The Erie Lackawanna Railroad Logbook
This is a train log that logged trains that traveled along the line that went from Chicago through New York State and Pennsylvania, then New Jersey, and which finally ended up in New York City. It defines my youth – in the 1960’s, the train tracks were pulled up in Newton, NJ, and the old train station then fell into disrepair. This particular logbook is unused – and it has columns perfect for a Ham Radio Log.
Newton, NJ Station – Erie Lackawanna Spur Line
The Erie Lackawanna tracks crossed south of Rochester, NY, where I spent my first year out of college at Kodak – and where I lived in Fairport – a town right on the Erie Canal. South of this train line – I went to college at Lock Haven State College in Lock Haven, PA.
The Erie Lackawanna train traveled from Pennsylvania to New Jersey – here at the Delaware Water Gap
There is a famous viaduct bridge that carried the trains across the Delaware River to NJ and then more or less following where Route 80 is. During High School – after we all had cars – we would skip school and climb around the bridge – it was open and you could crawl around the viaduct parts and look down at the Delaware River. I know I partook in “Senior Skip Day” – where I didn’t get in trouble. I pretty much stayed out of trouble – heck – all my life – heh heh.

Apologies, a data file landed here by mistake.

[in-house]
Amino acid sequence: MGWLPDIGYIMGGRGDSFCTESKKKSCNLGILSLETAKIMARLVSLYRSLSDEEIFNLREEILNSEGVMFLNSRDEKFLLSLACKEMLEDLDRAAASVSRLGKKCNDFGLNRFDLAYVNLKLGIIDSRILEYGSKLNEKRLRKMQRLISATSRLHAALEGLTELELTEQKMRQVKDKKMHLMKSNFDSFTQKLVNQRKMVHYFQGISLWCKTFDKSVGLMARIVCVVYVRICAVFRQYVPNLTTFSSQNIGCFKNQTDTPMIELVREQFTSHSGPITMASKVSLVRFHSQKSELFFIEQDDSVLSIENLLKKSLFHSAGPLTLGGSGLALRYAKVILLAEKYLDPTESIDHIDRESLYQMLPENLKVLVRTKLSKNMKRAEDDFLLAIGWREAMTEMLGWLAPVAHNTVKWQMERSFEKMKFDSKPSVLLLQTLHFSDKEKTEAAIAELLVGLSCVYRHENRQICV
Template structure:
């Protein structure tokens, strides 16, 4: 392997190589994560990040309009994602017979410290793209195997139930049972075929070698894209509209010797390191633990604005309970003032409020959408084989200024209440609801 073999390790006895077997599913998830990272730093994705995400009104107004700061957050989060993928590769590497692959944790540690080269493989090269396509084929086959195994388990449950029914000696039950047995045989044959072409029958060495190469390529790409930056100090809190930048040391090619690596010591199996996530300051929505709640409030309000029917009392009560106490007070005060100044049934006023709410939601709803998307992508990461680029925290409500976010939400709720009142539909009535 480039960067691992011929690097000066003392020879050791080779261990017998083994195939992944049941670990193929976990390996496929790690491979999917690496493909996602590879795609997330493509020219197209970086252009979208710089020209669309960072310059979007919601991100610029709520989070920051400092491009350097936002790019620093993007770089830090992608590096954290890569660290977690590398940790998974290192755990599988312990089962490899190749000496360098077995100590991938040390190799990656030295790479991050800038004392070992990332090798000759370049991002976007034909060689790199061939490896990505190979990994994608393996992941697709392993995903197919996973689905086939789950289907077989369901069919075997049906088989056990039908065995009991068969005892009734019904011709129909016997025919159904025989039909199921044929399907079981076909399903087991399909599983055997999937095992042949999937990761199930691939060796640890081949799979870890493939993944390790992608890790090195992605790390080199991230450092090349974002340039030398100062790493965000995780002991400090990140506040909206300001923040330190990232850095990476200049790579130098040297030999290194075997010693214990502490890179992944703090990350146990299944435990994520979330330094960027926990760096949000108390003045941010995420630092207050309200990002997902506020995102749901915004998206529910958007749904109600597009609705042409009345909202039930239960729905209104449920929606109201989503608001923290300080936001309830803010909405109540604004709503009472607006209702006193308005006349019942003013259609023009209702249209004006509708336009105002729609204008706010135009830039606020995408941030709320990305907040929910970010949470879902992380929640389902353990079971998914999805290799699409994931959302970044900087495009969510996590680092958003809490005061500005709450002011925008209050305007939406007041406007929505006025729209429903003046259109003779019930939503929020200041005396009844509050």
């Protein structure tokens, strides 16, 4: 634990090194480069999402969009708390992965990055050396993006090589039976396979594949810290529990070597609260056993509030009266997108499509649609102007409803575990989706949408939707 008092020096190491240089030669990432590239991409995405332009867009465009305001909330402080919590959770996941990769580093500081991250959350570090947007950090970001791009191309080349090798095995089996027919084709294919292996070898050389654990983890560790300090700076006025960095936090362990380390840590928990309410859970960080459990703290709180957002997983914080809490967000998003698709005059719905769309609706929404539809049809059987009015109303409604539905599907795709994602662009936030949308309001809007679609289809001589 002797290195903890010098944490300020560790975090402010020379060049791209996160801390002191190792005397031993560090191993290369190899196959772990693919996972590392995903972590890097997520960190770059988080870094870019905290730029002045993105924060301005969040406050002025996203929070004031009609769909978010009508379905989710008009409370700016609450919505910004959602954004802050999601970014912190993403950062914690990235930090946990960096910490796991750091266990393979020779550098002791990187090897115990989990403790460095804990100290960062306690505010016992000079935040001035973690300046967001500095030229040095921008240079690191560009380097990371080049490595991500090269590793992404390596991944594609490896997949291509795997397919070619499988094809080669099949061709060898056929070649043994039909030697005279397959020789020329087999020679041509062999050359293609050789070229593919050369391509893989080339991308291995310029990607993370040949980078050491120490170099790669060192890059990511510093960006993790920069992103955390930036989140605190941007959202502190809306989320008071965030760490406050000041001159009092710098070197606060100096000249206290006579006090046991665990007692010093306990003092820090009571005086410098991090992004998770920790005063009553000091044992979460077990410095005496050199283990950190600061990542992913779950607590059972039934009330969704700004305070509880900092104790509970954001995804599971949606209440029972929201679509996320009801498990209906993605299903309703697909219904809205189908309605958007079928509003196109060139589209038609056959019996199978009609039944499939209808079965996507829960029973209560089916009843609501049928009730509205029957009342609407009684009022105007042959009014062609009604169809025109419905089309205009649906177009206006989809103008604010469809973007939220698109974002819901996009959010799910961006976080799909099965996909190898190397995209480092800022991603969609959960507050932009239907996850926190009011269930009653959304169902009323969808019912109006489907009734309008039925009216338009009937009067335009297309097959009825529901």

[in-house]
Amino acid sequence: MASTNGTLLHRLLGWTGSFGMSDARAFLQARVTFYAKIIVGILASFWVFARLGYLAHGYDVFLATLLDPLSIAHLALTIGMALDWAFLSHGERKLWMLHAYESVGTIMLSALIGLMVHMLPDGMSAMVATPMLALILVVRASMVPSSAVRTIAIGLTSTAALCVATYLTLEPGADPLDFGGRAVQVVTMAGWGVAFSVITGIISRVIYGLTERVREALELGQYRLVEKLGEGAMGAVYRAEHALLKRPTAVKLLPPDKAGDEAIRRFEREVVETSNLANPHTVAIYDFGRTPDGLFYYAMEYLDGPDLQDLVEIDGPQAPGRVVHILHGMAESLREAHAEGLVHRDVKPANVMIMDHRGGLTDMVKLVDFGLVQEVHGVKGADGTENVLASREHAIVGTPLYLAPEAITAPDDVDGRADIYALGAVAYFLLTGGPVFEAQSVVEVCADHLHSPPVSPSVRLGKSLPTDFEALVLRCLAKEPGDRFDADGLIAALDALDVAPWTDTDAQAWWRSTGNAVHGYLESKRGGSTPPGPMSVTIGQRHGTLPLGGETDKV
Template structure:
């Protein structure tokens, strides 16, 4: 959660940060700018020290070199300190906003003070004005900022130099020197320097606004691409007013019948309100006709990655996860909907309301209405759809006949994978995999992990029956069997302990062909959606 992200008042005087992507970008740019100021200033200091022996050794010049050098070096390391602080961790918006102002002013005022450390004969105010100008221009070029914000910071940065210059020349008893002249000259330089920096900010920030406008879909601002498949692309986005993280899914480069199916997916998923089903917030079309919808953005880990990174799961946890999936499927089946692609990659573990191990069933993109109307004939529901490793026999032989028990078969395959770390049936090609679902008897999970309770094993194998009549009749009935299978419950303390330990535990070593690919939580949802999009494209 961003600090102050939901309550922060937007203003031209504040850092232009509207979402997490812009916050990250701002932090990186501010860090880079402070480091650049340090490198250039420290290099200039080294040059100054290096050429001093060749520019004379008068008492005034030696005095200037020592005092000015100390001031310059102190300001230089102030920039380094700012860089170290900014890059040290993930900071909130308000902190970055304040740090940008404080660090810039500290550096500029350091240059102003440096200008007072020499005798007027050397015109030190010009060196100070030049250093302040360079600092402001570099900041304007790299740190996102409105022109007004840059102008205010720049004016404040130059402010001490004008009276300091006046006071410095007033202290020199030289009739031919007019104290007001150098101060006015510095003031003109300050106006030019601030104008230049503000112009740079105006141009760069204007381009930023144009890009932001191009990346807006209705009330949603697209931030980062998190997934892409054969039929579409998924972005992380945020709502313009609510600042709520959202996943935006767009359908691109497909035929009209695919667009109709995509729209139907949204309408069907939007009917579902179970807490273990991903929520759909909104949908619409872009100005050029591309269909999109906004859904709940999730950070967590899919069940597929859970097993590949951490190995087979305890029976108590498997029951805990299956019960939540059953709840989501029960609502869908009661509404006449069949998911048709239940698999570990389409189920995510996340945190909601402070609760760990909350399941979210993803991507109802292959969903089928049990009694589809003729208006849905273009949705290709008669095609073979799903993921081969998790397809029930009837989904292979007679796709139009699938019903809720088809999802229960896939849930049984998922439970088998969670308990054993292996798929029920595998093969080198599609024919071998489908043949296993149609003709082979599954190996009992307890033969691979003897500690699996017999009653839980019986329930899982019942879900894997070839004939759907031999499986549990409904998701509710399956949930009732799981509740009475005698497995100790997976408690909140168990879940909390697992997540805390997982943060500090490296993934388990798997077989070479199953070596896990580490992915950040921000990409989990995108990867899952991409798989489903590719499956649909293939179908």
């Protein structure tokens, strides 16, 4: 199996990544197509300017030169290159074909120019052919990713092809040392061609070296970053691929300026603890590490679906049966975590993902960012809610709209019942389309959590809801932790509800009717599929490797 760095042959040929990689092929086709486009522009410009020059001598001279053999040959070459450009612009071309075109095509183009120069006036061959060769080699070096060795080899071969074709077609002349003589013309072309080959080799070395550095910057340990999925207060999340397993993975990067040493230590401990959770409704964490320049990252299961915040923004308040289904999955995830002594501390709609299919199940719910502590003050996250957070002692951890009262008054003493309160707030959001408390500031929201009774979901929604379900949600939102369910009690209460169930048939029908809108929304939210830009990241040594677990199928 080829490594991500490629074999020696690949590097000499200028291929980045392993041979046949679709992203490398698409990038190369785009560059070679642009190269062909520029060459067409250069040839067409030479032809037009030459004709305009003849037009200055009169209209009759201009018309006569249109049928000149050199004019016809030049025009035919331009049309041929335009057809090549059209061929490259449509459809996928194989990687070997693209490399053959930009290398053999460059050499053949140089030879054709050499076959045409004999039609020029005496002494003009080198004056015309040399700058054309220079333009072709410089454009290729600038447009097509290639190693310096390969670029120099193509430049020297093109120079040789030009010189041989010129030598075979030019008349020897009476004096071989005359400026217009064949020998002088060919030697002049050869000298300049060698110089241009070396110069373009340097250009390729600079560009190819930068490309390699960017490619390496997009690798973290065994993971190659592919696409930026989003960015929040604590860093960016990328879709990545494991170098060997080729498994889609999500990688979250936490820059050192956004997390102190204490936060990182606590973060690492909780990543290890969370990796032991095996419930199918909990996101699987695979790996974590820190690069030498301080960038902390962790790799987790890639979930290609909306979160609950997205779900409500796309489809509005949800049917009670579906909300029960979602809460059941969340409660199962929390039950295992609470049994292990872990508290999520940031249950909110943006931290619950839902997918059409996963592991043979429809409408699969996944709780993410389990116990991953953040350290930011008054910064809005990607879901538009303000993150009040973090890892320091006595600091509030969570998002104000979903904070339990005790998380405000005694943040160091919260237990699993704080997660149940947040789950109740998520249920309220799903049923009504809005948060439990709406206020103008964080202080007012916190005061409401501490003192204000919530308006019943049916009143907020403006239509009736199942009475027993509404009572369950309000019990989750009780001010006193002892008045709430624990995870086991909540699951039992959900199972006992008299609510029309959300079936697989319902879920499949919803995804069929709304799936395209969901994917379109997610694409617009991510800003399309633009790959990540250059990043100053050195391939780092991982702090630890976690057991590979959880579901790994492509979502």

Chicago to NYC along the Erie Lackawanna (click on the map for a better view. Newton is in that little offset at the bottom right)
I will use this hardbound logbook for my 300 Free Range QRP DX QSO’s. It is in great shape, but the cover has some dings – so its not a collectors piece, and I will ceremoniously write entries using a pretty cool fountain pen:
This will most likely be my “last logbook”, because I expect that getting to 300 entities from any combination of entities on the DXCC and IOTA lists will take a good 20 years. I base this on making Honor Roll in 11 years – but where I had full power and a big antenna (at one point). I also believe that the amount of CW DX will dwindle over these years.
Maybe – like the logbook shown above, or the railroad station in Newton, NJ – I will become a true relic of a bygone era?
Here is one last bit of nostalgia – a 1962 ARRL MiniLog – purchased in Braintree, MA at a Radio Shack – for $.30:
Time marches on!